After more than two years of sometimes bitter wrangling, the Spokane Diocese is heading out of bankruptcy. The diocese agreed to pay at...
After more than two years of sometimes bitter wrangling, the Spokane Diocese is heading out of bankruptcy.
The diocese agreed to pay at least $48 million to settle claims with more than 100 sex-abuse victims and other creditors in a reorganization plan filed Thursday in U.S. Bankruptcy Court.
Parishes would be responsible for raising $10 million of that amount, and insurers would pay about $20 million, according to a statement issued Thursday by U.S. Bankruptcy Court Judge Gregg Zive, the federal mediator. The diocese would pay the remaining $18 million through sales of its assets and contributions from various Catholic entities.
In addition, the plan calls for the diocese to post on its Web site the names of all known abusers, give victims a forum to tell about their ordeals, and have Bishop William Skylstad identify abusive priests from the pulpits of the parishes where they served.
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The plan — which still needs to be confirmed by U.S. Bankruptcy Court Judge Patricia Williams and voted on by creditors — was reached after lengthy mediation among those representing known victims, victims who have yet to come forward, the diocese and parishes.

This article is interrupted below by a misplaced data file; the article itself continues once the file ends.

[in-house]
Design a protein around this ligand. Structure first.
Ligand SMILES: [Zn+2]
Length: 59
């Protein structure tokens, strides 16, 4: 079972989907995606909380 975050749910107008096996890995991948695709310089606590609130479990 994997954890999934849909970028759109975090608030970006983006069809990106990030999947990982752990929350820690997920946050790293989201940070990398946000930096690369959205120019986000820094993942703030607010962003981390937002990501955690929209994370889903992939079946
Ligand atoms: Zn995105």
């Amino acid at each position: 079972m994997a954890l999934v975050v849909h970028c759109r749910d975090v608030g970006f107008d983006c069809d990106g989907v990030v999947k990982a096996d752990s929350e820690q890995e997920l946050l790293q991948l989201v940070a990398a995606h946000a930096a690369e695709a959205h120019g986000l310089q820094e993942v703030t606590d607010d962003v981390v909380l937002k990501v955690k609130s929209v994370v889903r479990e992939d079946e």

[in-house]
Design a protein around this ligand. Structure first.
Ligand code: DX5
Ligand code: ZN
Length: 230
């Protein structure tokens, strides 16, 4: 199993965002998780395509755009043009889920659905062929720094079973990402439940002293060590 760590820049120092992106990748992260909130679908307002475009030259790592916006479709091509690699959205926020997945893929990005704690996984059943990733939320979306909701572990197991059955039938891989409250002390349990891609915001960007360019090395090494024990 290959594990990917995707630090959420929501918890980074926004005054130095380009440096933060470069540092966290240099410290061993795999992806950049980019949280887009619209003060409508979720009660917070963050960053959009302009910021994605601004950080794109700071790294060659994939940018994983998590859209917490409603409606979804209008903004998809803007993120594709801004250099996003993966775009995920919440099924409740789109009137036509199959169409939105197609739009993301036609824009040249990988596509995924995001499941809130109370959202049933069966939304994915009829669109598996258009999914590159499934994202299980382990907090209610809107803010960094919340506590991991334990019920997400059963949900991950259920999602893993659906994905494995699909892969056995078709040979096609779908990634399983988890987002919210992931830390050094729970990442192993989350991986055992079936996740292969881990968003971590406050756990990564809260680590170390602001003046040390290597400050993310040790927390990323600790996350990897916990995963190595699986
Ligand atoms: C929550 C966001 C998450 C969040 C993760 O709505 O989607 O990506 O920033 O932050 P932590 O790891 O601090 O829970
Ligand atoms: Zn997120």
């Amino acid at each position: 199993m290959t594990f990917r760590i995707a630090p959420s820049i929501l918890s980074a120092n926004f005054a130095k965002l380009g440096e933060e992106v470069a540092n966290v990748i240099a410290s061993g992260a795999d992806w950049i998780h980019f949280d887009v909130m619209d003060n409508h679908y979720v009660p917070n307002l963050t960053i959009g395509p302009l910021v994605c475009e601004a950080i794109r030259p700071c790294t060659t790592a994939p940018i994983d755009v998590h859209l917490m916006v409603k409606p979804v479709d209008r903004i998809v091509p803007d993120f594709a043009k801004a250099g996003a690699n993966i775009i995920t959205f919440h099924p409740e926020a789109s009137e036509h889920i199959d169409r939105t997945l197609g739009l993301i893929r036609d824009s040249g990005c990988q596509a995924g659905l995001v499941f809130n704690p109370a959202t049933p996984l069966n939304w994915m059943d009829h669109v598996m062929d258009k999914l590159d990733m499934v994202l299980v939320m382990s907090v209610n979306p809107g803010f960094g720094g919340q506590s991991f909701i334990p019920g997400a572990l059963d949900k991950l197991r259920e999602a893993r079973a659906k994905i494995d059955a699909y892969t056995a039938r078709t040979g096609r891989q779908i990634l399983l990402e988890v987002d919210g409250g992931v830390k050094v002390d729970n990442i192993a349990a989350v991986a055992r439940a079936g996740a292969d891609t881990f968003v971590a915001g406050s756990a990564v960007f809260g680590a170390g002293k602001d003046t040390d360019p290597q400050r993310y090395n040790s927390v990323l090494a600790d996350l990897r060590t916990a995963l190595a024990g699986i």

“This has been a long and difficult process,” Zive said.
After the Catholic Church’s nationwide sex-abuse scandal broke, the Spokane Diocese in December 2004 became the third in the nation to file for bankruptcy. It is now poised to be the third to emerge from bankruptcy, following the Tucson Diocese, which reached a $22 million settlement in 2005, and the Portland Archdiocese, which filed a plan to pay up to $75 million in December.
A fourth diocese — the Diocese of Davenport in Iowa — filed for bankruptcy last October.
The past two years have been frustrating for many Catholics in Spokane, where the church has long been a political and social force.
Parishioners feared losing their churches and schools as legal decisions went back and forth on whether such properties could be sold to help pay for abuse settlements. A $45.7 million settlement offer last February from the diocese to 75 victims who’ve filed lawsuits was later rejected by a judge who said it would be unfair to specify an amount for those victims but not others who hadn’t yet filed lawsuits or come forward.
The plan filed Thursday outlines a way to pay victims who may come forward in the future.
Fred Naffziger, professor of business law at Indiana University South Bend, said it appeared to him that the plan “says the parishes will own their property, but in return, the parishes are making a substantial contribution to the diocese.” Such a compromise, he said, avoids a precedent-setting court decision on who owns parish property.
“It sure needs to come to closure,” said Dick Henricks, a retired railroad revenue forecaster and longtime member of Assumption parish in Spokane. “I would welcome that.”
But Ann Corrigan, the mother of two sons who were abused by former Spokane priest Patrick O’Donnell, was wary. “I guess I’m just in disbelief until it really happens.”
Attorneys and others involved in the case said they had agreed not to comment on the plan at this time.
Tim Kosnoff, an attorney for many of the victims, said only that “I think people will be anxious to see the plan. … I think we just have to wait till people have had the chance to read it and digest it.”
Janet I. Tu: 206-464-2272 or firstname.lastname@example.org